Programmers tasked with creating a chess puzzle that could potentially solve tasks currently considered impossible
Researchers at the University of St Andrews have thrown down the gauntlet to computer programmers to find a solution to a ‘simple’ chess puzzle which could, in fact, take thousands of years to solve and net a $1m prize. Computer scientist Professor Ian Gent and his colleagues at the University of St Andrews believe any programme capable of solving the famous Queens Puzzle efficiently would be so powerful, it would be capable of solving tasks currently considered impossible, such as decrypting the toughest security on the internet.
In a paper published in the Journal of Artificial Intelligence Research today, the team conclude the rewards to be reaped by such a programme would be immense, not least in financial terms with firms rushing to use it to offer technological solutions, and also a $1 million prize offered by the Clay Mathematics Institute in America.
Devised in 1850, the Queens Puzzle originally challenged a player to place eight queens on a standard chessboard so that no two queens could attack each other. This means putting one queen in each row, so that no two queens are in the same column, and no two queens in the same diagonal. Although the problem has been solved by human beings, once the chess board increases to a large size no computer programme can solve it.
Professor Gent and his colleagues, senior research Fellow Dr Peter Nightingale and Reader Dr Christopher Jefferson, all of the School of Computer Science at the University, first became intrigued by the puzzle after a friend challenged Professor Gent to solve it on Facebook.
The team found that once the chess board reached 1,000 squares by 1,000, computer programmes could no longer cope with the vast number of options and sunk into a potentially eternal struggle akin to the fictional ‘super computer’ Deep Thought in Douglas Adams’ Hitchhiker’s Guide to the Galaxy, which took seven and a half million years to provide an answer to the meaning of everything.
Professsor Gent said: “If you could write a computer programme that could solve the problem really fast, you could adapt it to solve many of the most important problems that affect us all daily. This includes trivial challenges like working out the largest group of your Facebook friends who don’t know each other, or very important ones like cracking the codes that keep all our online transactions safe.”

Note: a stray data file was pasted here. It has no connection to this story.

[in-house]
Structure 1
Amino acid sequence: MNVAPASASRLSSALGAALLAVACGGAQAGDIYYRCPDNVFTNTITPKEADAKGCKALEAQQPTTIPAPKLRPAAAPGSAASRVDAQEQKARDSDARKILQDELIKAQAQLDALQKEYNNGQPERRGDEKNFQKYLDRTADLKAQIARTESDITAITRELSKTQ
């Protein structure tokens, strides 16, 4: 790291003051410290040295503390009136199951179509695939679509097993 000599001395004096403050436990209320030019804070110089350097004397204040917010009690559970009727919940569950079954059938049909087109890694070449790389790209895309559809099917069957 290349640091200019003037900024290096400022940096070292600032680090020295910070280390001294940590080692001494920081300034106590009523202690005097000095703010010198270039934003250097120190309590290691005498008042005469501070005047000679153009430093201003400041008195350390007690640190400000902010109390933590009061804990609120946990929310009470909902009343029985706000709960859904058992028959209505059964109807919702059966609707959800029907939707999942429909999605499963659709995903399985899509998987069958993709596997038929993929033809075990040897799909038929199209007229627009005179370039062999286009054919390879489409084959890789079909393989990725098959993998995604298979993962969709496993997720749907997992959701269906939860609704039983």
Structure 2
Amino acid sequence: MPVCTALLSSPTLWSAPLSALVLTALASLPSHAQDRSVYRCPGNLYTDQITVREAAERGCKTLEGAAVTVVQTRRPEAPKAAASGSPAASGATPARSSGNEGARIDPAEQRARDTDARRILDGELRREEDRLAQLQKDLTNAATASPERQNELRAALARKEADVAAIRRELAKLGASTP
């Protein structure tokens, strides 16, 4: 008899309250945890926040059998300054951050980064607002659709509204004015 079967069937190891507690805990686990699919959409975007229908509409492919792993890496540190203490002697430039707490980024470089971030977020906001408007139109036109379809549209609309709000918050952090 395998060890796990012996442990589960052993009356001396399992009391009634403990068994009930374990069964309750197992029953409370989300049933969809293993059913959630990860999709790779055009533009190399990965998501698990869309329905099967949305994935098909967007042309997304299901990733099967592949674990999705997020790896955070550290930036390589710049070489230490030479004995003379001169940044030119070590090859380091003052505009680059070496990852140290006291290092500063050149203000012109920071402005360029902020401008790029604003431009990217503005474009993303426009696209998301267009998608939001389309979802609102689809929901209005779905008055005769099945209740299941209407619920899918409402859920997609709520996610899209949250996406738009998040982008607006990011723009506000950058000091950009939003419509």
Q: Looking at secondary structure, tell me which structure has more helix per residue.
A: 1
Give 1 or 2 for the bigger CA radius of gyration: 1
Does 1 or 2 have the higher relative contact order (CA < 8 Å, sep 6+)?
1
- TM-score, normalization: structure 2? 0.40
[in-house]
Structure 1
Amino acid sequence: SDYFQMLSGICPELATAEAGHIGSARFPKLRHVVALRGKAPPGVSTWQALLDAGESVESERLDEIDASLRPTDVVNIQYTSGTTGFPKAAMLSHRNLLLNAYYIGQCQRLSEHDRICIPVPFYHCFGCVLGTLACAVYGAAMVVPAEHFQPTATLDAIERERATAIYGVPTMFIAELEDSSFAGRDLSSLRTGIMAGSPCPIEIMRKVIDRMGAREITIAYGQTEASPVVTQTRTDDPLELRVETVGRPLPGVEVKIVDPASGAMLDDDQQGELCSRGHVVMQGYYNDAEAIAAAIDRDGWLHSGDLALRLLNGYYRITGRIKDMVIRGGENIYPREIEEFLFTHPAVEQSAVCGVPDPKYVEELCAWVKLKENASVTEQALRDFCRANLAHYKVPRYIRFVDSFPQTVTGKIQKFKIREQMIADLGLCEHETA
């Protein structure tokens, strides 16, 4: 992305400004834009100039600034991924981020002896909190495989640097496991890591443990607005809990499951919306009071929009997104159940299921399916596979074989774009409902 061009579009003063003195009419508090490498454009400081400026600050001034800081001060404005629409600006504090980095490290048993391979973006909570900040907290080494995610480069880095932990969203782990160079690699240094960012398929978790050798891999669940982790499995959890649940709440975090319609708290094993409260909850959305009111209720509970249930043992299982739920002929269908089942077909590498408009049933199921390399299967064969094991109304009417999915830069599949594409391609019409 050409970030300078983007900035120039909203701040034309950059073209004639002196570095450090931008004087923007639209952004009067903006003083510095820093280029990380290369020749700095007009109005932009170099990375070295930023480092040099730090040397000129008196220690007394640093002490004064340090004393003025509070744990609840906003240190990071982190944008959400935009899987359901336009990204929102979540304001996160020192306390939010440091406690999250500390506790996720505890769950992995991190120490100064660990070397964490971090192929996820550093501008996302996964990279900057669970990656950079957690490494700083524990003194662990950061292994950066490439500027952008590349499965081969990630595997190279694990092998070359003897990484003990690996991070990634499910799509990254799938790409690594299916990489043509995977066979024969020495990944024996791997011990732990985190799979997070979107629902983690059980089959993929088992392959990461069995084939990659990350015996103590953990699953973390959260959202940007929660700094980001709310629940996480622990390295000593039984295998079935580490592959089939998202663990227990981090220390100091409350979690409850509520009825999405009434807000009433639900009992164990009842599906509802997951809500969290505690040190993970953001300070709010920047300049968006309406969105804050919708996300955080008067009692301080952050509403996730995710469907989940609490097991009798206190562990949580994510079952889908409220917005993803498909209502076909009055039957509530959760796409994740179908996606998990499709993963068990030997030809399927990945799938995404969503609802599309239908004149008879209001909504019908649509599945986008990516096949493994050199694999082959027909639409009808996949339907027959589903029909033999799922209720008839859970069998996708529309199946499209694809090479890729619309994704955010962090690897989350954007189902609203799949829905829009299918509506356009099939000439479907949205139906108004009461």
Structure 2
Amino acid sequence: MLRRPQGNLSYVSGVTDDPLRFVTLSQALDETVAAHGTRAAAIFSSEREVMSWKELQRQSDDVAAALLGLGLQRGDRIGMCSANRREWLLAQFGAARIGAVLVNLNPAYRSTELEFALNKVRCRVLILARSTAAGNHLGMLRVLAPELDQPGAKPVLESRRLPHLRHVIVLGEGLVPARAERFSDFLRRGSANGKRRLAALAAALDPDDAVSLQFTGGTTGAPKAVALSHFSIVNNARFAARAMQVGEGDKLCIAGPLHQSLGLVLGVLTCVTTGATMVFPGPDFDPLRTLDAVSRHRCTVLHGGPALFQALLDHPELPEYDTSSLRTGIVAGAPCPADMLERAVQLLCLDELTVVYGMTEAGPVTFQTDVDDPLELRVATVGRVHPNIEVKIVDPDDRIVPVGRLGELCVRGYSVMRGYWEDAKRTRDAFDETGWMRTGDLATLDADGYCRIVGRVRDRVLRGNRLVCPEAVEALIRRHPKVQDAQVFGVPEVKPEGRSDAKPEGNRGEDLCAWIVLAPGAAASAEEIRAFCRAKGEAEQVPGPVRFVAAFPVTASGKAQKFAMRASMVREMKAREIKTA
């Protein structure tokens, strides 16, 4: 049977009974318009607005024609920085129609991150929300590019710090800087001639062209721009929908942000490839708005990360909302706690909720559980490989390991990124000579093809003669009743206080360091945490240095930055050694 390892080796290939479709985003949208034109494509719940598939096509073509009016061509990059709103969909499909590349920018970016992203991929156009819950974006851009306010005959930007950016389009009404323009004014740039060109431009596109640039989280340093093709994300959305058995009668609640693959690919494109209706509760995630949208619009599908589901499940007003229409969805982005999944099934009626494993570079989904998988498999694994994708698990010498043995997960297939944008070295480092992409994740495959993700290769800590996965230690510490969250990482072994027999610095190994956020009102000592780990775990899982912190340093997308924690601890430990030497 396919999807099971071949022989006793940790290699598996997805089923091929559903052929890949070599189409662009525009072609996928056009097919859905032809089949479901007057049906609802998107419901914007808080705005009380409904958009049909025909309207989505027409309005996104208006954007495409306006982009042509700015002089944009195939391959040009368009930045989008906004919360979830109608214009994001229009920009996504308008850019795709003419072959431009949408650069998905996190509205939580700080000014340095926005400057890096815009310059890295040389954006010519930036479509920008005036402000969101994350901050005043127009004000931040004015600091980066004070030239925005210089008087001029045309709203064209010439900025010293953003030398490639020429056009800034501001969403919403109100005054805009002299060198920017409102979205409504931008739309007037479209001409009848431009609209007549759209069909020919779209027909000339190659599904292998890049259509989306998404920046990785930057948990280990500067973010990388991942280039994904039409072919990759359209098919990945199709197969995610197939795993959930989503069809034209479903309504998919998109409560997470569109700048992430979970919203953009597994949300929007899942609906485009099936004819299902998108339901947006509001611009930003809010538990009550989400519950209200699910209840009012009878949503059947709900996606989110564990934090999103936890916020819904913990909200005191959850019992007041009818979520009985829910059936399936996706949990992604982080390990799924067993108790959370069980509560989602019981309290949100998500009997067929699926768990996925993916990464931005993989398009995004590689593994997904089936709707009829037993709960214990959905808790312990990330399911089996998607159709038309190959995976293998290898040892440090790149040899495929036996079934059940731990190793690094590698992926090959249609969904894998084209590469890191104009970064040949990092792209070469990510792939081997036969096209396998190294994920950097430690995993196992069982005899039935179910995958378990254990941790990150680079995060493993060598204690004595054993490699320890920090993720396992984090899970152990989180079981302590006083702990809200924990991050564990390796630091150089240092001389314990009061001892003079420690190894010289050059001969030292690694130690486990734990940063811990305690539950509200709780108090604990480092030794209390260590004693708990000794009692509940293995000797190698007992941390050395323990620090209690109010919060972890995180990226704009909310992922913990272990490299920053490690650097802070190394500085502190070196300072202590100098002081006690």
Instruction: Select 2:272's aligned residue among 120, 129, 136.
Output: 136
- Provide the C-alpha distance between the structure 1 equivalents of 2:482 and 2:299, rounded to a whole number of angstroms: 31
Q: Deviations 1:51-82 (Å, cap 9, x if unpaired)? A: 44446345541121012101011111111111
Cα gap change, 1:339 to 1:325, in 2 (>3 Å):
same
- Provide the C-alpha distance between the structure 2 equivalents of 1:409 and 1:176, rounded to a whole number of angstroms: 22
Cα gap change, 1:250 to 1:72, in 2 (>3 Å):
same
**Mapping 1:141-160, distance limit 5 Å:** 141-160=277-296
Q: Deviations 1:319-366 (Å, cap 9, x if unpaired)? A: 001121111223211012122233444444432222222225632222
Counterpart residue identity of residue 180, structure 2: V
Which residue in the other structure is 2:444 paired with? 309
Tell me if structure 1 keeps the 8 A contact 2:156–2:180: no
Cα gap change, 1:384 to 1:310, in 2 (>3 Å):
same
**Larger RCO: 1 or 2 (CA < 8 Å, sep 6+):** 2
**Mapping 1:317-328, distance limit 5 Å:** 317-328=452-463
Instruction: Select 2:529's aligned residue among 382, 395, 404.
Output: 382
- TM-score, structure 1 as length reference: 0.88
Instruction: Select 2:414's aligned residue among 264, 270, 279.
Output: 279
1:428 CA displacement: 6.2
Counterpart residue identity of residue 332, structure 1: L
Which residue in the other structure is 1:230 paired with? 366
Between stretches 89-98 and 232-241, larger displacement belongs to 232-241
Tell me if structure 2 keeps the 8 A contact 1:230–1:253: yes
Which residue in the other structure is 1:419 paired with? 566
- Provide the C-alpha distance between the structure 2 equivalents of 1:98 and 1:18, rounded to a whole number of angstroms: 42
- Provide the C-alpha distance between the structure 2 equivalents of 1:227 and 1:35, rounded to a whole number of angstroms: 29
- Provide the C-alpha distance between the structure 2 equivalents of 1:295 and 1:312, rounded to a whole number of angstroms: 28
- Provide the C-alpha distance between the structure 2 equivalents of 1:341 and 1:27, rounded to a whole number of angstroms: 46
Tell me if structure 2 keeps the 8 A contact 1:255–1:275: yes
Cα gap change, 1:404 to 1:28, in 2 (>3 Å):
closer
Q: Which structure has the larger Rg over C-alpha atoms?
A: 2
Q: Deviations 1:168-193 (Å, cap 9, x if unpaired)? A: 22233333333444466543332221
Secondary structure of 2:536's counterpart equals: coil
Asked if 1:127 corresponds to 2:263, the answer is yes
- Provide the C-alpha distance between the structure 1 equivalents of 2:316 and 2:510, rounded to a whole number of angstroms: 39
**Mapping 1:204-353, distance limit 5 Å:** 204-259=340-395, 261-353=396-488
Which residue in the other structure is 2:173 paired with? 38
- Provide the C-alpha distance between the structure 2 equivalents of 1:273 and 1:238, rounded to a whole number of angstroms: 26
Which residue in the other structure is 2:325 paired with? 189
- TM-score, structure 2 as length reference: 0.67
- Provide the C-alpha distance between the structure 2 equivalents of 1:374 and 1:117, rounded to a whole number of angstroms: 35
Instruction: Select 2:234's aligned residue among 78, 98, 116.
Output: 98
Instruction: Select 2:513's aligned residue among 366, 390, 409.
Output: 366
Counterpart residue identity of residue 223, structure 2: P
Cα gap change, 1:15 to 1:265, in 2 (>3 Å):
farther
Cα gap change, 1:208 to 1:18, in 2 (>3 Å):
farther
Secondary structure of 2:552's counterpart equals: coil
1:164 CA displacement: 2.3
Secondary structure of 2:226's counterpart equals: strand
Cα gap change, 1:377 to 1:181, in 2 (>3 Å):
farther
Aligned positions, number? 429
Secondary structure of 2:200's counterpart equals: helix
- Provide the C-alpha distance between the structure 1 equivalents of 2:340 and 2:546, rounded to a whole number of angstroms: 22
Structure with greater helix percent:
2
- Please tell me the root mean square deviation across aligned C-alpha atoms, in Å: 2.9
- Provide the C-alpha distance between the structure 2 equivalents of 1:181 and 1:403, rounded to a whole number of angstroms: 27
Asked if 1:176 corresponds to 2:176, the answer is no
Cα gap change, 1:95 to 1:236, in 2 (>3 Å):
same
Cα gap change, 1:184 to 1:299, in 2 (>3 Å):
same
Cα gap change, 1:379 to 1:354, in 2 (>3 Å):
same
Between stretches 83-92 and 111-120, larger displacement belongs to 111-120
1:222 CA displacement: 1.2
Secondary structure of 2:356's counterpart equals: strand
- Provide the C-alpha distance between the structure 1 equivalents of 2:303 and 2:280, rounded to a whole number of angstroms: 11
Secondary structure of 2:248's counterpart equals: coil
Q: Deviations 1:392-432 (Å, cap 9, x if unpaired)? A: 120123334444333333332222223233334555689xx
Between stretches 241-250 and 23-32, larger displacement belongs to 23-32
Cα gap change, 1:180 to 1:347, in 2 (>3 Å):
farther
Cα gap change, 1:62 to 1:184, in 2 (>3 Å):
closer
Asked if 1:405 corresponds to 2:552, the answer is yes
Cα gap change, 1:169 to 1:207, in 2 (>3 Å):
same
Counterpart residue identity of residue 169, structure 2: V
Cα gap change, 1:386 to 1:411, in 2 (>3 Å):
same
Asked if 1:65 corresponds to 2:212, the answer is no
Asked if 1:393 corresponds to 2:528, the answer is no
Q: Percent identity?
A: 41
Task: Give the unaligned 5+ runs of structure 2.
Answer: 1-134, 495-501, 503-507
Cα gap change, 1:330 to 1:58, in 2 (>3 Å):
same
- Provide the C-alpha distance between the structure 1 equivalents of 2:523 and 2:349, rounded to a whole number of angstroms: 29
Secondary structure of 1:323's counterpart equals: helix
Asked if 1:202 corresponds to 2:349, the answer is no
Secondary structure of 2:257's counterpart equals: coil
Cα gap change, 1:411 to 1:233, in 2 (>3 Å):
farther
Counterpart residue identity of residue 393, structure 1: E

The reason these problems are so difficult for computer programme is that there are so many options to consider that it can take many years. This is due to a process of ‘backtracking’, an algorithm used in programming where every possible option is considered and then ‘backed away’ from until the correct solution is found.
Dr Nightingale said: “However, this is all theoretical. In practice, nobody has ever come close to writing a programme that can solve the problem quickly. So what our research has shown is that, for all practical purposes, it can’t be done.”
Dr Jefferson added: “There is a $1,000,000 prize for anyone who can prove whether or not the Queens Puzzle can be solved quickly so the rewards are high.”
Chess has long provided the source for puzzles such as the traditional fable of the servant who, when asked to choose a reward by his king, asked for one grain of rice to be placed on the first square of a standard 8×8 chessboard, doubled in the next and so on until it was found there was not enough rice in the entire world.
The fable indicates the huge numbers involved when using just a standard sized chess board. When the board size increases the numbers become vast.